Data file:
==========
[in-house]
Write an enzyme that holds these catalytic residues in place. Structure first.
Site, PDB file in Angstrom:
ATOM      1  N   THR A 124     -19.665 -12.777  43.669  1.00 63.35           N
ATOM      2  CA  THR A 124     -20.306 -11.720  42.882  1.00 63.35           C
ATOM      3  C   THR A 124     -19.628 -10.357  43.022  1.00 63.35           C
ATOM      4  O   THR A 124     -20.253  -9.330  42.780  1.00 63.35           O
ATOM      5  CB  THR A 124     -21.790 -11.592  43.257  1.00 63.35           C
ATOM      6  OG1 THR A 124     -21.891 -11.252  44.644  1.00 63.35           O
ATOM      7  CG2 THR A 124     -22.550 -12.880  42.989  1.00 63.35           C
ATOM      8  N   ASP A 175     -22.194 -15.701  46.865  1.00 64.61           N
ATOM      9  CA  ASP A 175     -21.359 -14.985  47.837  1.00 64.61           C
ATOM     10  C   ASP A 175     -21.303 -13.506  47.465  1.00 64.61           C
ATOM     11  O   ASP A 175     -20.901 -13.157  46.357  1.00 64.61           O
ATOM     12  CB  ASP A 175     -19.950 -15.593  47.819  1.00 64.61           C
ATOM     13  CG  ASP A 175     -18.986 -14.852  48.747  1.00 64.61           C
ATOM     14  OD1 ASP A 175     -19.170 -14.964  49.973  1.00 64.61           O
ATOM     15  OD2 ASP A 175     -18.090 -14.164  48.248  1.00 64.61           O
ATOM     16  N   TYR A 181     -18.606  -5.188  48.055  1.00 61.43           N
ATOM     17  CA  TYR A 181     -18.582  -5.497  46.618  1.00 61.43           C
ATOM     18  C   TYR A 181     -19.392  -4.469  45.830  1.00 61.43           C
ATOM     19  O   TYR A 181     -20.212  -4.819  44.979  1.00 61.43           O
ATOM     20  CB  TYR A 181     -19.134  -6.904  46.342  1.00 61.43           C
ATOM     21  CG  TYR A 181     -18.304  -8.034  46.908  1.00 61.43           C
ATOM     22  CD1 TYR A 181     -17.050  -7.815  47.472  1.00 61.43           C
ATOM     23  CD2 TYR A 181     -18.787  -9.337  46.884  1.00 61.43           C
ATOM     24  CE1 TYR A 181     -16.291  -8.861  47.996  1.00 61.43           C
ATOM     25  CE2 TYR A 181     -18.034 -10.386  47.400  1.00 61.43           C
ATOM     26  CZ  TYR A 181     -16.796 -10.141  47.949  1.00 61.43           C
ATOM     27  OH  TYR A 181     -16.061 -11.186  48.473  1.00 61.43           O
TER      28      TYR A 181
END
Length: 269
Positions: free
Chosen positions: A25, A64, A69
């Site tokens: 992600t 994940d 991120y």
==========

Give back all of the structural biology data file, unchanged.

[in-house]
Write an enzyme that holds these catalytic residues in place. Structure first.
Site, PDB file in Angstrom:
ATOM      1  N   THR A 124     -19.665 -12.777  43.669  1.00 63.35           N
ATOM      2  CA  THR A 124     -20.306 -11.720  42.882  1.00 63.35           C
ATOM      3  C   THR A 124     -19.628 -10.357  43.022  1.00 63.35           C
ATOM      4  O   THR A 124     -20.253  -9.330  42.780  1.00 63.35           O
ATOM      5  CB  THR A 124     -21.790 -11.592  43.257  1.00 63.35           C
ATOM      6  OG1 THR A 124     -21.891 -11.252  44.644  1.00 63.35           O
ATOM      7  CG2 THR A 124     -22.550 -12.880  42.989  1.00 63.35           C
ATOM      8  N   ASP A 175     -22.194 -15.701  46.865  1.00 64.61           N
ATOM      9  CA  ASP A 175     -21.359 -14.985  47.837  1.00 64.61           C
ATOM     10  C   ASP A 175     -21.303 -13.506  47.465  1.00 64.61           C
ATOM     11  O   ASP A 175     -20.901 -13.157  46.357  1.00 64.61           O
ATOM     12  CB  ASP A 175     -19.950 -15.593  47.819  1.00 64.61           C
ATOM     13  CG  ASP A 175     -18.986 -14.852  48.747  1.00 64.61           C
ATOM     14  OD1 ASP A 175     -19.170 -14.964  49.973  1.00 64.61           O
ATOM     15  OD2 ASP A 175     -18.090 -14.164  48.248  1.00 64.61           O
ATOM     16  N   TYR A 181     -18.606  -5.188  48.055  1.00 61.43           N
ATOM     17  CA  TYR A 181     -18.582  -5.497  46.618  1.00 61.43           C
ATOM     18  C   TYR A 181     -19.392  -4.469  45.830  1.00 61.43           C
ATOM     19  O   TYR A 181     -20.212  -4.819  44.979  1.00 61.43           O
ATOM     20  CB  TYR A 181     -19.134  -6.904  46.342  1.00 61.43           C
ATOM     21  CG  TYR A 181     -18.304  -8.034  46.908  1.00 61.43           C
ATOM     22  CD1 TYR A 181     -17.050  -7.815  47.472  1.00 61.43           C
ATOM     23  CD2 TYR A 181     -18.787  -9.337  46.884  1.00 61.43           C
ATOM     24  CE1 TYR A 181     -16.291  -8.861  47.996  1.00 61.43           C
ATOM     25  CE2 TYR A 181     -18.034 -10.386  47.400  1.00 61.43           C
ATOM     26  CZ  TYR A 181     -16.796 -10.141  47.949  1.00 61.43           C
ATOM     27  OH  TYR A 181     -16.061 -11.186  48.473  1.00 61.43           O
TER      28      TYR A 181
END
Length: 269
Positions: free
Chosen positions: A25, A64, A69
């Site tokens: 992600t 994940d 991120y």